Sigma launches ultra-fast 18-35mm f1.8 zoom lens

Sigma's ultra-fast f1.8, 18-35mm zoom
Sigma’s ultra-fast f1.8, 18-35mm zoom lens. Picture: Sigma

Sigma, the Japanese lens and camera maker, is introducing a new ultra-fast zoom lens.

Part of the company’s new “Art” series of high-end optics, the 18-35mm F1.8 DC HSM Art could be an attractive wide to standard zoom lens for film makers.

Whilst most constant aperture zoom lenses are limited to f2.8 or even f4, making the Sigma one and a third stops faster (Sigma states one stop faster) than the camera manufacturers’ fastest standard zooms.

This will boost the Sigma lens’ performance, and also give photographers and film makers more control over depth of field. The nine, rounded-blade diaphragm should also help the lens provide pleasing out of focus backgrounds, or bokeh, to shots.

Sigma claims the extra stop makes the new lens especially suitable to APS-C cameras, as their depth of focus is larger than on full-frame 35mm DSLRs. The lens will be issued in Sigma but also Nikon G and Canon mounts, making it a good partner for cameras such as the Canon EOS 7D, or the new Nikon D7100 DSLR.

The lens, which is manufactured in Japan, has a brass lens mount and permanent autofocus-manual focus override. The zoom has a focus scale, but as it is designed to compete with Canon EF and Nikon G lenses, it has no aperture ring, which could be a drawback for video use.

Sigma also states that as the lens is designed for APS-C sensor cameras, it could cause vignetting on full-frame DSLRs. However, its focal length range could make it an ideal lens for either Sony E-Mount (NEX) or Micro Four Thirds cameras, such as the Panasonic Lumix GH3.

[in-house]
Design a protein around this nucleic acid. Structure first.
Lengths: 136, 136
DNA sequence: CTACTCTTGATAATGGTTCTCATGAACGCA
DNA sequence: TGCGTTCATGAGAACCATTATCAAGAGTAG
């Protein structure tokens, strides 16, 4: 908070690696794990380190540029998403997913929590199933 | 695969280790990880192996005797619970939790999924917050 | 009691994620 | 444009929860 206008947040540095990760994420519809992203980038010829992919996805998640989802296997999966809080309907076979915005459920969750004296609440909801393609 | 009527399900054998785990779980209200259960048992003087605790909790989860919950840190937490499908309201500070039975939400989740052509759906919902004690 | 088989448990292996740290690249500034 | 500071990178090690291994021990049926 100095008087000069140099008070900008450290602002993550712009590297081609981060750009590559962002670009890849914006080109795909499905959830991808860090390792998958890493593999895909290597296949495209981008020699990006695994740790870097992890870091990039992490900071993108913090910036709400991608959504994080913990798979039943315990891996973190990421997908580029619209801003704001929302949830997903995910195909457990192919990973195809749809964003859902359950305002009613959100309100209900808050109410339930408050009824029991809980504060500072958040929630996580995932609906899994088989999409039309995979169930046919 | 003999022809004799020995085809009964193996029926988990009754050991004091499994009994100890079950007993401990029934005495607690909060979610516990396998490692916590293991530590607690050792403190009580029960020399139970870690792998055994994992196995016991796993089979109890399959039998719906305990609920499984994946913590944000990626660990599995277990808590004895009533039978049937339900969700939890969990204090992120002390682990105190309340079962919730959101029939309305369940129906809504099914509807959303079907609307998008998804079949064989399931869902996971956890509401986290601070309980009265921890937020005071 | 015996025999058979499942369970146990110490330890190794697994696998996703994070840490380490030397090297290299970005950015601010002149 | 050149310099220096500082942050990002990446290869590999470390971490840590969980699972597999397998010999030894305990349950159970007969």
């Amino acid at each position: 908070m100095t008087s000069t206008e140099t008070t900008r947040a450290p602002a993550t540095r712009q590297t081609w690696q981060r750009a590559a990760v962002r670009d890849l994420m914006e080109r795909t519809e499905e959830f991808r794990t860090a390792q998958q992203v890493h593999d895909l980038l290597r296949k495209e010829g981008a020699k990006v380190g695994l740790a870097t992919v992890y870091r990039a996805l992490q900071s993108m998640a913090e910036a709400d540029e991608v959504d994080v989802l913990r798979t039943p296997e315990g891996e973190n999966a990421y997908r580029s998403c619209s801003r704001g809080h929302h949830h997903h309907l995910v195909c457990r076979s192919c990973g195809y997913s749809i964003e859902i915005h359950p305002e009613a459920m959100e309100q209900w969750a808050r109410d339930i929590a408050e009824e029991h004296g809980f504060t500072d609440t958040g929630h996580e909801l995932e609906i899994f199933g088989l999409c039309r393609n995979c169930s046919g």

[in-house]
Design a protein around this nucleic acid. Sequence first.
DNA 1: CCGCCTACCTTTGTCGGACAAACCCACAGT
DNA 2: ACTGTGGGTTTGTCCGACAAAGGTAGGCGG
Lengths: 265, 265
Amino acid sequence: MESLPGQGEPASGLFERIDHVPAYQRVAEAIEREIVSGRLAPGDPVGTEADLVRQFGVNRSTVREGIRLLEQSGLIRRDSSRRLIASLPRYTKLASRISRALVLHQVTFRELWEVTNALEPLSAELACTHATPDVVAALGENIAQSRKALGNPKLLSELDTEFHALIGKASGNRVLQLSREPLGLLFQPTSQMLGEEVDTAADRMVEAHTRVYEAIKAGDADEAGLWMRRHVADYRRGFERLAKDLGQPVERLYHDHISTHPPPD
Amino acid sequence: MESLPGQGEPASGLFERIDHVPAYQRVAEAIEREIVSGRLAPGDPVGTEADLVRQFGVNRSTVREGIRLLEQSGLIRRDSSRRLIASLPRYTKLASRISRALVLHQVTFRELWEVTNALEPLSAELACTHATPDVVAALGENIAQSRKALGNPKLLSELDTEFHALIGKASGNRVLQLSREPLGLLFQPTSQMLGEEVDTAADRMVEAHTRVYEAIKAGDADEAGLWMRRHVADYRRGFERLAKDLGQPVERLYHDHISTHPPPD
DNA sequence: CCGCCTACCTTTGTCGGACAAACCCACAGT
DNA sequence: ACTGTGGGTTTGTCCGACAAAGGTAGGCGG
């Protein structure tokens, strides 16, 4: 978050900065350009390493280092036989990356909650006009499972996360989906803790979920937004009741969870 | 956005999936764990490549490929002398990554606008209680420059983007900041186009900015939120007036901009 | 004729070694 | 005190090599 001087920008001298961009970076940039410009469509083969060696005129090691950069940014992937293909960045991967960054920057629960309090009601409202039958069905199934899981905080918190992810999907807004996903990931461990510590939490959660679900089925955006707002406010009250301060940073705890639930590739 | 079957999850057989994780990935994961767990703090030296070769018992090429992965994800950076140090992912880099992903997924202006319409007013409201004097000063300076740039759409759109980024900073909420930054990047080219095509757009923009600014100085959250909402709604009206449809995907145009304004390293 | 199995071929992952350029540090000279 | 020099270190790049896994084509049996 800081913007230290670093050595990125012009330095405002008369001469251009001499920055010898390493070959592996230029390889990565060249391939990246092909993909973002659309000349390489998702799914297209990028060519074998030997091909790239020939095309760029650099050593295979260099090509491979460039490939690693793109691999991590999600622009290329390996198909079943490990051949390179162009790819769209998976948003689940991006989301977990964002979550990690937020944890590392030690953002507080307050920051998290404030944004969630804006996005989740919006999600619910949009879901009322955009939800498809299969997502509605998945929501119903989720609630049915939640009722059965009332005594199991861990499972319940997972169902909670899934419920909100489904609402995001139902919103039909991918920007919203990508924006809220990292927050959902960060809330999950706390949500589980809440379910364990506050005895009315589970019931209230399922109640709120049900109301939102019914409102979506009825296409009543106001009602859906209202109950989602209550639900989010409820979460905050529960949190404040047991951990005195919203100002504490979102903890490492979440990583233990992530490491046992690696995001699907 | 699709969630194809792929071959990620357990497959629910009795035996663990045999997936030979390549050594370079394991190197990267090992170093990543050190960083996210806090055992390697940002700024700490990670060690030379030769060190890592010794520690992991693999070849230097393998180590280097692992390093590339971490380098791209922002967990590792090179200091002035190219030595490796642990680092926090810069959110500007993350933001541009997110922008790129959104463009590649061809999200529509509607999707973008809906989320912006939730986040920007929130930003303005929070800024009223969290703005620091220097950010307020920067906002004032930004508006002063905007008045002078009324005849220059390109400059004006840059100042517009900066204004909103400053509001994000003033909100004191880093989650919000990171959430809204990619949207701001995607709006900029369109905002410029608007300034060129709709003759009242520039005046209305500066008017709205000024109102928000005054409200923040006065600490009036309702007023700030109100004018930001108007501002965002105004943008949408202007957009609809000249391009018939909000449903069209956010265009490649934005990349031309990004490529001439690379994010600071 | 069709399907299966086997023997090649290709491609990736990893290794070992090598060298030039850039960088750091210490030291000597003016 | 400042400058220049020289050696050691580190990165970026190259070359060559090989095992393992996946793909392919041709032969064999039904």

Sigma has not yet said whether it will release a version of the lens in those mounts, but it owners of cameras such as the Sony FS-100 or the Panasonic AF101 could use the lens via either a Canon adapter, such as the Metabones Smart Adapter or the MTF Services adapter for Nikon G lenses, which incorporates an aperture ring.

That the Nikon D800 has an automatic DX crop mode and a near-stepless aperture control, although the advantages of using the Sigma over a Nikkor F2.8 zoom is limited. The Canon version could also be used directly on the Blackmagic Cinema Camera, although this combination would need to be tested.

Sigma has yet to confirm availability and pricing of the new lens.

The company has also announced a new 60mm prime lens, designed specifically for Micro Four Thirds and (Sony) E-mount cameras.

The f2.8 lens is equivalent to 90mm on E-mount and 120mm on Micro Four Thirds, allowing it to work as a portrait or short telephoto. The lens, which has a seven blade aperture, will be available this Spring. Sigma has also confirmed pricing for the updated versions of its 19m and 30mm f2.8 DN lenses for mirrorless cameras, which have been updated and added to the Art range. The US MSRP for each lens is $280.